This spring, I planted six kale plants in a row down the middle of a raised vegetable bed. In a few weeks, three plants on one side were almost twice as big as the others.
Growing conditions were the same but for one thing — I had dug compost in the soil where the healthier plants grew. Though I added commercial soil for raised beds to the other side, it was the area with my compost — which last year was a heap of banana peels, coffee grounds, weeds and tired soil dumped out of plant pots — where the magic happened.
Composting, and adding the resulting organic matter to soil, is the easiest and most effective way to build a better garden. Compost improves soils. Mixing it into clay soil lightens it, improving drainage. Mixing it with sandy soil adds humus, increasing water retention. Plants grow better.
A thick layer of compost mulch helps prevent weeds, conserves moisture and, over time, improves soil quality by adding organic matter.
Composting helps the environment, too. According to the state Pollution Control Agency, 12% of Minnesota garbage is food waste, and up to 18% is yard waste. Why not keep some of this material on your property and help your garden grow?
Creating compost isn’t complicated or expensive. The University of Minnesota Extension Service has a variety of do-it-yourself compost bin designs (extension.umn.edu/how-manage-soil-and-nutrients-home-gardens/composting-home-gardens) that use chicken wire or hardware cloth and cement blocks.
If you prefer to buy a bin, check your county or city website. Hennepin County sells bins at www.hennepin.us/composting. Washington and Ramsey counties have bins available at recycleminnesota.org/work/compost-bins-rain-barrels/.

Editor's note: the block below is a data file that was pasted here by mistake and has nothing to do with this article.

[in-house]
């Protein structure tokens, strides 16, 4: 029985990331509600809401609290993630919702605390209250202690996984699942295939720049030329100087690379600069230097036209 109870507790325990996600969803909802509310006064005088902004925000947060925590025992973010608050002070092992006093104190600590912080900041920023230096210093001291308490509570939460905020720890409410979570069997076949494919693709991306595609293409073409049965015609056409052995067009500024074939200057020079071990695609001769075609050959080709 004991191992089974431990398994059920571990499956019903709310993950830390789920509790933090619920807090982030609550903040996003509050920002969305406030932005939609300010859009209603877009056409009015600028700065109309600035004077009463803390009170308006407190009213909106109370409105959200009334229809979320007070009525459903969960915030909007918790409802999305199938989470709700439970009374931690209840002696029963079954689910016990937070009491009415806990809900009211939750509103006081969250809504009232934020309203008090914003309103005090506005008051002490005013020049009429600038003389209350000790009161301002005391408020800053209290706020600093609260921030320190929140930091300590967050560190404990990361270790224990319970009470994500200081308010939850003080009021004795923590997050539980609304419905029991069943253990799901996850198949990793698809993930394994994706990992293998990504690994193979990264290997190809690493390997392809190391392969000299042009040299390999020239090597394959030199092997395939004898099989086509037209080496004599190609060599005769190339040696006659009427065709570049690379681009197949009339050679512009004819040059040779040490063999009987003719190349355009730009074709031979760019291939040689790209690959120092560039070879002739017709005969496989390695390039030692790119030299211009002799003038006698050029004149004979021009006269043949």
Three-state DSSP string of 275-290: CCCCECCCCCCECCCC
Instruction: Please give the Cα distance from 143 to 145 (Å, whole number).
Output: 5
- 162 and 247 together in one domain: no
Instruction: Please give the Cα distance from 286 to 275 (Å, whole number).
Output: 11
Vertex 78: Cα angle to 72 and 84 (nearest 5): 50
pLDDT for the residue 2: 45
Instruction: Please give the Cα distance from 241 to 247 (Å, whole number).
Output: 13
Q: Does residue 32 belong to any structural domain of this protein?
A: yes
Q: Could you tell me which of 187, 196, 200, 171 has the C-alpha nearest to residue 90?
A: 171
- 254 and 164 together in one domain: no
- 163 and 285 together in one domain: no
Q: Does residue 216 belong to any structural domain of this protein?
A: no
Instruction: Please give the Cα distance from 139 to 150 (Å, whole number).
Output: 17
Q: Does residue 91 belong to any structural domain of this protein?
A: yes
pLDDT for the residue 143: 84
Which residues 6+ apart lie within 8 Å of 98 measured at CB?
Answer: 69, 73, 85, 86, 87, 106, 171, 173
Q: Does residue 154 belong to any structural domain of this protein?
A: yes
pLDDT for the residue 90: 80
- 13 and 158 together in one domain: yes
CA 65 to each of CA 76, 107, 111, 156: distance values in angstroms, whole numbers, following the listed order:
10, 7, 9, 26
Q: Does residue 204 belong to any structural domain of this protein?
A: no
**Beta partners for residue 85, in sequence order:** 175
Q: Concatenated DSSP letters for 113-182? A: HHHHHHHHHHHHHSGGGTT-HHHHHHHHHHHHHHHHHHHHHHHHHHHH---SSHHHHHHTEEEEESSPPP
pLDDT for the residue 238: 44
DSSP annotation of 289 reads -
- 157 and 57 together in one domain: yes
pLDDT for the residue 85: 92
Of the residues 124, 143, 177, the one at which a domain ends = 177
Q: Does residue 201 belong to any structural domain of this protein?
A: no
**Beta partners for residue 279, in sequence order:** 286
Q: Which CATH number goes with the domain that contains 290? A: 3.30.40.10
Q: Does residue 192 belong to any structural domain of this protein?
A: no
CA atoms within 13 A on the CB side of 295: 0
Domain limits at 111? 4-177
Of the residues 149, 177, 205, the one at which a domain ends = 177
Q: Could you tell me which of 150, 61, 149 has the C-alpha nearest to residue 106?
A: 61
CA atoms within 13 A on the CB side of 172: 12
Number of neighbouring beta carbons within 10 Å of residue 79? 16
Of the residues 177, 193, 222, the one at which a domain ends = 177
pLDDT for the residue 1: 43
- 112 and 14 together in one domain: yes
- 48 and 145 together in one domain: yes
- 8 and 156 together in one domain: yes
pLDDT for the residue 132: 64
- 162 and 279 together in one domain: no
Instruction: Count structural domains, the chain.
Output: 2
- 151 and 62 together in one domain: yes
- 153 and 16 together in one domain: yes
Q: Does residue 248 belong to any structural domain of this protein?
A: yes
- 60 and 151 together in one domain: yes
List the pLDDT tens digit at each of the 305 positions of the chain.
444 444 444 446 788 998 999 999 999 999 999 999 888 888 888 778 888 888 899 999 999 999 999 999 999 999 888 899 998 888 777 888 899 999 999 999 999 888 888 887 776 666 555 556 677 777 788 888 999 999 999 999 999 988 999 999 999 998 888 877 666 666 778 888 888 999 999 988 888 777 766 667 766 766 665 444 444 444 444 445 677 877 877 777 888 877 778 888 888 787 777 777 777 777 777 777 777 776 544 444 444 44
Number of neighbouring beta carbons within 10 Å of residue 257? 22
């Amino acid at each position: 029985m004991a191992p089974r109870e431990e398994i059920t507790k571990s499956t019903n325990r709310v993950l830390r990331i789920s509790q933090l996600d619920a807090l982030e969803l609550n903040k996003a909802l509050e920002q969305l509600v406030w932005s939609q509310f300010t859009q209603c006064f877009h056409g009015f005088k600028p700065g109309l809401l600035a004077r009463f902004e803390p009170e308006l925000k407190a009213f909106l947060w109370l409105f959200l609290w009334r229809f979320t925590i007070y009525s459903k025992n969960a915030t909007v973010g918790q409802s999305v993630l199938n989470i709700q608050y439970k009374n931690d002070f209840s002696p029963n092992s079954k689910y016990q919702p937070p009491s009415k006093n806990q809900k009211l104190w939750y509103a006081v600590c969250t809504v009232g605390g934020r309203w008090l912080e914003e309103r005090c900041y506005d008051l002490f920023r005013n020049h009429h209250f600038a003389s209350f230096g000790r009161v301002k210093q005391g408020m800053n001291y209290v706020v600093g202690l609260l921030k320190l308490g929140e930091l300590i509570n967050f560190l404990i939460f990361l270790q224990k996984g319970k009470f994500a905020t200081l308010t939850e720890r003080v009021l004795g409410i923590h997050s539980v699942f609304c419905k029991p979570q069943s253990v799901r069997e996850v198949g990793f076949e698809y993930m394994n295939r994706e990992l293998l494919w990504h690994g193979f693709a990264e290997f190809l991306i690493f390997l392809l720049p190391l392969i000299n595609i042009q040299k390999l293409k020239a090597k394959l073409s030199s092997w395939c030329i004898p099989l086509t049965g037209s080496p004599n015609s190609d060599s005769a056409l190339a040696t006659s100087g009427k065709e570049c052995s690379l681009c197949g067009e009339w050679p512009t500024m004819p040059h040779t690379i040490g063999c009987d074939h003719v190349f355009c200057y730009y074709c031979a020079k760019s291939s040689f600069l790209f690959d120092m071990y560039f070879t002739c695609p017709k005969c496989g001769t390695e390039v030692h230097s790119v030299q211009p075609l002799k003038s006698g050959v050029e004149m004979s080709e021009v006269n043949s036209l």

Suspended barrel bins that are turned with a crank are expensive and rarely large enough to produce much compost. I’ve had good success with a black plastic compost bin that sits on patio blocks. With a removable top and a sliding door at the base, it keeps big pests like raccoons out of the pile and provides easy access to finished compost at the bottom.
Before setting up a bin, it’s wise to check city ordinances to see if there are rules on compost bin sizes and locations. An easily accessible spot in sun to partial sun is best, because heat speeds compost pile decomposition.
Much has been written about the proper proportion of brown (generally dry) and green materials (wetter) for compost bins. Dried leaves and grass, straw and small twigs are brown ingredients; green stuff includes kitchen waste like fruit and vegetable scraps, coffee grounds and plant trimmings. The key is to have a mix of both to speed decay. Too much brown stuff will make the pile too dry, and it will just sit there. Too much green stuff risks making the compost too wet, leading to an anaerobic pile that reeks and doesn’t decompose well.
Compost piles should be moist, not sodden. If a pile seems too dry, add green stuff and a bit of water. If a pile is too wet, stir it with a shovel. If you don’t have enough brown ingredients, adding shredded black-and-white newsprint can help. Newspaper ink is soy-based and poses no risk to the garden.
If you catch your lawn clippings, you can add those, too, but make sure they are scattered and don’t form a thick mat in your bin. Don’t bother with commercial “compost starter” mixes. A handful of herbicide-free lawn fertilizer, mixed into the pile, will get microbes moving, and the occasional shovel of soil helps move things along, too.
Never add pet feces, meat, cheese or bones. Anything with fat or oil shouldn’t be included in a home compost pile, and weeds with seeds or parts of diseased plants shouldn’t be added, either.
It’s up to you to determine how aggressively to manage your compost. A new pile started in the spring, kept moist and regularly turned, will yield compost by fall. If you’re a lazy composter like me, it can take up to a year to get good compost. I add material to my bin all summer, stir it with a shovel now and then, and top it off with root-clogged soil from the pots I empty in the fall. By the following May, I usually have about three-quarters finished compost in my bin.
This year I had enough compost to mix into and mulch the raised beds where I planted tomatoes. Not only did the tomatoes grow well, but the compost stayed fluffy and loose on the surface for weeks and I didn’t have to water as much as usual. That this material came out of my own kitchen and yard, enriching my garden instead of going into a garbage can, really was magical.
Mary Jane Smetanka is a Minneapolis freelance writer and a Hennepin County Master Gardener.